The teacher divided the board into four sections (one for each act) and numbered from one to six in each of the four sections. We had a good idea of the A story line by then. We started with the broad strokes, again filling in the set-up event, the act-outs and the end, until we had two or three scenes per act fleshing out the story. Using different colors, we proceeded to fill in the other story lines. Soon, had the beginnings of an outline. From there, we wrote the actual outline on the computer, and then scenes, updating the board as we went along. Soon, we had a first draft. This process is known as “breaking story.”

Example of a Whiteboard with a pilot episode mapped out
Example Whiteboard

For me, using a whiteboard has revolutionized TV writing. In my own pilot-writing process, there are a lot more steps to go through before I plot anything out on the whiteboard, including making sure each story line stands on its own. Before consolidating my story lines into a script, however, the whiteboard helps me to make sure I’m ending the acts on the strongest moments, spreading out the story lines in a way that works for the story, the timeline, and the overall balance, so there’s not too much of any one story line back-to-back. Whenever I’m planning a rewrite, I can see at a glance where changes will be made and how to make room for new content.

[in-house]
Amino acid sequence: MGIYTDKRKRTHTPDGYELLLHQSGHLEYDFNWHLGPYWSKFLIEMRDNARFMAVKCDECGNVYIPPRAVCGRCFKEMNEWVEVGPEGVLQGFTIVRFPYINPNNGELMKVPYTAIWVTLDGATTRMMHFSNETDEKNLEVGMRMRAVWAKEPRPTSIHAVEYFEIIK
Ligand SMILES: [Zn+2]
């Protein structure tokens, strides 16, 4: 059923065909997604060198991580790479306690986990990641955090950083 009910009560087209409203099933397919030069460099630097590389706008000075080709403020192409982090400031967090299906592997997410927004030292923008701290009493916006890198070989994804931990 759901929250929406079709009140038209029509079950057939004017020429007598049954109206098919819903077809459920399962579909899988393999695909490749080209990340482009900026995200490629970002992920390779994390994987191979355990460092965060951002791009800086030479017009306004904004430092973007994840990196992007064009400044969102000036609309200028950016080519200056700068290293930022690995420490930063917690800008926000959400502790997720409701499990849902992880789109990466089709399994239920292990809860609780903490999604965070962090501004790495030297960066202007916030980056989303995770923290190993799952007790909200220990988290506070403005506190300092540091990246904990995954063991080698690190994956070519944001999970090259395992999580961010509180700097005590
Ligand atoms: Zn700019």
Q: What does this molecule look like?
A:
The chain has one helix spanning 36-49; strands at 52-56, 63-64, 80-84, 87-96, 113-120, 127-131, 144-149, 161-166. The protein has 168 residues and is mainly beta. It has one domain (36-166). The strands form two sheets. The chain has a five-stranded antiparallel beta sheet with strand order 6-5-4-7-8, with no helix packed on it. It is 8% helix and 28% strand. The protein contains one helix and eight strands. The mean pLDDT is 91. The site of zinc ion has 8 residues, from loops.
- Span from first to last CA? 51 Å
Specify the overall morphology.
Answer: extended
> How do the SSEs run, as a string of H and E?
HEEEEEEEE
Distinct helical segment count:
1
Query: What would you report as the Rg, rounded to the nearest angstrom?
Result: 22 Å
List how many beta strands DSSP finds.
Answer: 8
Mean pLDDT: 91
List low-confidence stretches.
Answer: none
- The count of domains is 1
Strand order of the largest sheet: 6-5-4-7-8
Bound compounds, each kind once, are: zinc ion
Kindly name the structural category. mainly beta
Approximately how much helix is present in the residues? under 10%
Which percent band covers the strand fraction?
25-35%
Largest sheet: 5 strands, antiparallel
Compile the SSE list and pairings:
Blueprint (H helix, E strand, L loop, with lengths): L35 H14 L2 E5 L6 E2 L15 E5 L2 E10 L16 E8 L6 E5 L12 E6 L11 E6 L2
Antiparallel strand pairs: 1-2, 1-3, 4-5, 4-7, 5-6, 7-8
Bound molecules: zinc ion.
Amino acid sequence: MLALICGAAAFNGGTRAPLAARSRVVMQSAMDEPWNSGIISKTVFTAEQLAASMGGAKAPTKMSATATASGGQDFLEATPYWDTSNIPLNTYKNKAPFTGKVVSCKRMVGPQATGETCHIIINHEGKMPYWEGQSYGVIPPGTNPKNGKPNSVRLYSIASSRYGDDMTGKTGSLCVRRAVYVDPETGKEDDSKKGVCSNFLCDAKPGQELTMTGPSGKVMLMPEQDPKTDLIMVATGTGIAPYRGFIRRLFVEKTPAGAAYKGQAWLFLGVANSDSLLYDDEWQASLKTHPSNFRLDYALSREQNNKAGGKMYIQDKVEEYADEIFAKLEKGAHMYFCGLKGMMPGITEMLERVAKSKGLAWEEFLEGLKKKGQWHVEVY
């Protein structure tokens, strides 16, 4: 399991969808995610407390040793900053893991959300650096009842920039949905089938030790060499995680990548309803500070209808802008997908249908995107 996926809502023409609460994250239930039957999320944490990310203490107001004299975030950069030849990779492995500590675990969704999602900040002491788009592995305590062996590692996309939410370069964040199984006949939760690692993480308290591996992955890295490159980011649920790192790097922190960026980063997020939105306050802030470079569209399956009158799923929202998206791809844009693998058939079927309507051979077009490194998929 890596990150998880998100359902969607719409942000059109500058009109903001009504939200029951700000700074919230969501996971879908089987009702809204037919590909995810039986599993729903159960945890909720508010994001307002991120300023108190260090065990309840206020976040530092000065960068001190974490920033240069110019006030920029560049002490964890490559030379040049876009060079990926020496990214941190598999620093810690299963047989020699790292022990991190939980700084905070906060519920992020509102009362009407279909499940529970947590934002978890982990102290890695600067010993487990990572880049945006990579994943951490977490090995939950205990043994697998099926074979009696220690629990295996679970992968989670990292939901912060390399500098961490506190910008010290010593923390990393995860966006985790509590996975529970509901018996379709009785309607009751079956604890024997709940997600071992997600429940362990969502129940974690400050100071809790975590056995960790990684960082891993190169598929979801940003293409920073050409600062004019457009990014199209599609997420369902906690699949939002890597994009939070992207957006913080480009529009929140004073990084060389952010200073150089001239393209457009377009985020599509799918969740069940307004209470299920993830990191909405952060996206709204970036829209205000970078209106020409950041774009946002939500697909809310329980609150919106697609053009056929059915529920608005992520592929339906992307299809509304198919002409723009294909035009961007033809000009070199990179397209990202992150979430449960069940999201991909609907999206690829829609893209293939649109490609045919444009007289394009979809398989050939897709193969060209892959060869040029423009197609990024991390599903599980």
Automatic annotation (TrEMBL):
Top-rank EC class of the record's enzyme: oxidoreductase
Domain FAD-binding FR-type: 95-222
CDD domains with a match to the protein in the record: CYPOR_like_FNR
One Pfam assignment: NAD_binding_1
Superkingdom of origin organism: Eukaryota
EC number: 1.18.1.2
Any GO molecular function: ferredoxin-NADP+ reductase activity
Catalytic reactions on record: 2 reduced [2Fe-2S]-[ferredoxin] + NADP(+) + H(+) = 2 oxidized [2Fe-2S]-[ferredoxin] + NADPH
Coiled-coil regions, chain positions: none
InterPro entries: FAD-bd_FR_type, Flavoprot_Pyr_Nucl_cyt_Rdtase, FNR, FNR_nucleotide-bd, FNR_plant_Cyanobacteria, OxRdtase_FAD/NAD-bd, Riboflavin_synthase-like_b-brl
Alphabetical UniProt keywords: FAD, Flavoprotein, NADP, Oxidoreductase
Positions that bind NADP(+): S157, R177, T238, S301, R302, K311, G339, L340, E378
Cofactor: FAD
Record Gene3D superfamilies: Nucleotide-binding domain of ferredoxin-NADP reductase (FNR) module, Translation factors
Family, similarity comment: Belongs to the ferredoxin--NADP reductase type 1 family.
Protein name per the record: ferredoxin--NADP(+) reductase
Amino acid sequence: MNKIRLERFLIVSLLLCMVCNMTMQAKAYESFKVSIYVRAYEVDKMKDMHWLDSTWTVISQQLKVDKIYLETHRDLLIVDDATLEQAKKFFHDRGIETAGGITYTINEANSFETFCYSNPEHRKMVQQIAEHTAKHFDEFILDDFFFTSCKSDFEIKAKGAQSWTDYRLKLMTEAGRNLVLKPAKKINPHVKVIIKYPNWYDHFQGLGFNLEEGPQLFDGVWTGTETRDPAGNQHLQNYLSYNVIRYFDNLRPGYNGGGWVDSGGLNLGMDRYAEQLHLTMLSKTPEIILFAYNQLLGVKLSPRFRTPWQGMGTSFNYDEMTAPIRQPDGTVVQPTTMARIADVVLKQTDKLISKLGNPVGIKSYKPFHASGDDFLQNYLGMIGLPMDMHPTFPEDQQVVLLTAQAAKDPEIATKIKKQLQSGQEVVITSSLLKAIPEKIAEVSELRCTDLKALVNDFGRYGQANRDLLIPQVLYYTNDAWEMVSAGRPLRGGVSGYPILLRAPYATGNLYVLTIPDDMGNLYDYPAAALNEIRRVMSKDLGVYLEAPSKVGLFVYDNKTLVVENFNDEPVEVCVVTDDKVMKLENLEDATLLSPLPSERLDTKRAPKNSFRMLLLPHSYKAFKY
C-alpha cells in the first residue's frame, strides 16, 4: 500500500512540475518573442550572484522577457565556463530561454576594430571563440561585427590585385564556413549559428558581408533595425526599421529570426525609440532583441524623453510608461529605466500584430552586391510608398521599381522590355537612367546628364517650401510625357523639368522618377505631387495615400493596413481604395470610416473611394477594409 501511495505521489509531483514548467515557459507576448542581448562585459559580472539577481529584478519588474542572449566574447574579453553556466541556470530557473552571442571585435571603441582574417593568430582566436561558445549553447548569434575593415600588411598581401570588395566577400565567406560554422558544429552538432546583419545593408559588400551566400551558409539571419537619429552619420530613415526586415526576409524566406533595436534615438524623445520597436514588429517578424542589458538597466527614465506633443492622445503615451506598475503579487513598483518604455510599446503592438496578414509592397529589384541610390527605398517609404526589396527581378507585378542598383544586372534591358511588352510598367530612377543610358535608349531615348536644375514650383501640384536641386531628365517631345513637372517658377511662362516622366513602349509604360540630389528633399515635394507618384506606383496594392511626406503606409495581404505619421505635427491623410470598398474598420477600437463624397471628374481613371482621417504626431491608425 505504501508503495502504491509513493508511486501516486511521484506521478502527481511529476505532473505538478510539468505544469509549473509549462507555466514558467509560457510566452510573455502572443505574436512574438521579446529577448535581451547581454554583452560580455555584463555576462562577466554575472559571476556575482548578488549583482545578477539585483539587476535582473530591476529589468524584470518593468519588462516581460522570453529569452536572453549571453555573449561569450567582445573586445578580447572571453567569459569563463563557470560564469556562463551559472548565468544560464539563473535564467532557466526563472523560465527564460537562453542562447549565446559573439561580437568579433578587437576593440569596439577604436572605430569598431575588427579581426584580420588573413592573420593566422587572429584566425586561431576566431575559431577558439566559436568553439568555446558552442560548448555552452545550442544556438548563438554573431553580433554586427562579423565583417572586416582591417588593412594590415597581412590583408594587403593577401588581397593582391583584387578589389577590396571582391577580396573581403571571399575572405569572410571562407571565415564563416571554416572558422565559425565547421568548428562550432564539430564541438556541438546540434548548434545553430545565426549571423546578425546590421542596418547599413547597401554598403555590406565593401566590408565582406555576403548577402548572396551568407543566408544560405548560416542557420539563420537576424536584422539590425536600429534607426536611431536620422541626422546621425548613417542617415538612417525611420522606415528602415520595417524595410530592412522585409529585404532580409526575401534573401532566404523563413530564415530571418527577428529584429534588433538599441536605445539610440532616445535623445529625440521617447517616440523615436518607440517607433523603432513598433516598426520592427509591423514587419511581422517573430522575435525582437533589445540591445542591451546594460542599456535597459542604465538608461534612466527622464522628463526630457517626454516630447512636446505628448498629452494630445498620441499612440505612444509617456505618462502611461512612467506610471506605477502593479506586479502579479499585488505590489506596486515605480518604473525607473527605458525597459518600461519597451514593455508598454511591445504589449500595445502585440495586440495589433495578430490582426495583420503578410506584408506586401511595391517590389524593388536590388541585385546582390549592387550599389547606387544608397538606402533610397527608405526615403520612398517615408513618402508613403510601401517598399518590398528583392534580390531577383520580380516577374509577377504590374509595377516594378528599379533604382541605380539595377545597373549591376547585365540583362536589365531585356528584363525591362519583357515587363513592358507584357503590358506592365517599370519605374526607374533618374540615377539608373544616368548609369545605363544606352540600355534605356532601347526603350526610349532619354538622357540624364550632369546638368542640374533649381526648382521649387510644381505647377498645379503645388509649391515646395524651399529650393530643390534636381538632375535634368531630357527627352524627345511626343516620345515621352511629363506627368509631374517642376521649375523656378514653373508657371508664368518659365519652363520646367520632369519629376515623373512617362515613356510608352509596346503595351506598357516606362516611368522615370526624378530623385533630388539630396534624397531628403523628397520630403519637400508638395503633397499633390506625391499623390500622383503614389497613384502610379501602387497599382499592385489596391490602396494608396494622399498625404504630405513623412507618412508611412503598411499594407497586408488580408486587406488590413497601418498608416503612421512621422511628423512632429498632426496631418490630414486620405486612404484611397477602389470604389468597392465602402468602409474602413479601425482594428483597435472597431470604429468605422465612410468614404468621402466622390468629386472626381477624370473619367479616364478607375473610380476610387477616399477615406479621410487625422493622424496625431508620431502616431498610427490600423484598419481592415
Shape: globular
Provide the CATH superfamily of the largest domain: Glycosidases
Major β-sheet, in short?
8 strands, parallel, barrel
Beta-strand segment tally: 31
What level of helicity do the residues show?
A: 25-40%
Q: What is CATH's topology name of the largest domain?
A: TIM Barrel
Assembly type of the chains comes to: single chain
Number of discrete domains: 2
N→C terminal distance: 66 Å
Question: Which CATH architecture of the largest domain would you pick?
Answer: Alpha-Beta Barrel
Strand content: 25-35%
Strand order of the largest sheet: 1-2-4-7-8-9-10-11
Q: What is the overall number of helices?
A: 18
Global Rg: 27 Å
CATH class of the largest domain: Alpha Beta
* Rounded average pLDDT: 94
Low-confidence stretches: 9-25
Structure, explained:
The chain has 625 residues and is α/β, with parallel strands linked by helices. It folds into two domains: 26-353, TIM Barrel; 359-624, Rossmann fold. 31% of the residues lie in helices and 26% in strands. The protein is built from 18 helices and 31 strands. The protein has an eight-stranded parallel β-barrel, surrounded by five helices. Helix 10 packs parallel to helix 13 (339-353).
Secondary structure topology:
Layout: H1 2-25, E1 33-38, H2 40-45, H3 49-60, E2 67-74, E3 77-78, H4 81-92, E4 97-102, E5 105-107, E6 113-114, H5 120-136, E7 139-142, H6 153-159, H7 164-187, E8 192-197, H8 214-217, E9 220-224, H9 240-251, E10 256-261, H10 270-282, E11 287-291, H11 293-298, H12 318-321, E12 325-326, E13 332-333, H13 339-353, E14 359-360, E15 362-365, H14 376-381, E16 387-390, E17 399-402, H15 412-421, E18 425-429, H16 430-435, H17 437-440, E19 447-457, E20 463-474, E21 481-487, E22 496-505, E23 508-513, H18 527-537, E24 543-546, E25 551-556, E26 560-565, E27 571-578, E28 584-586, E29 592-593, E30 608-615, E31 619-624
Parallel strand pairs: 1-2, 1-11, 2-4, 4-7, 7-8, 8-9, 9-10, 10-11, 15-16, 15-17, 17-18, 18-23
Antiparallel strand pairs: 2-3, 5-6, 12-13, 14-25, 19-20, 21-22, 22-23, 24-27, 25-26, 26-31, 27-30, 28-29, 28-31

While there are many facets to writing an original pilot that using a whiteboard won’t help with, such as characters, relationships, theme, symbolism, and plot development, this was the missing tool in my arsenal and I’m very happy to have it in my toolbox.

Triumphs in Queer TV

I really enjoyed making this video essay — so much so that I think I’ll keep making them. I’d love to know your thoughts.

Text of Theresa Rebeck Laura Pels Keynote Address

Last night I saw someone do something very brave. My friend, Theresa Rebeck, a very successful playwright, TV writer and novelist, got up in front of a group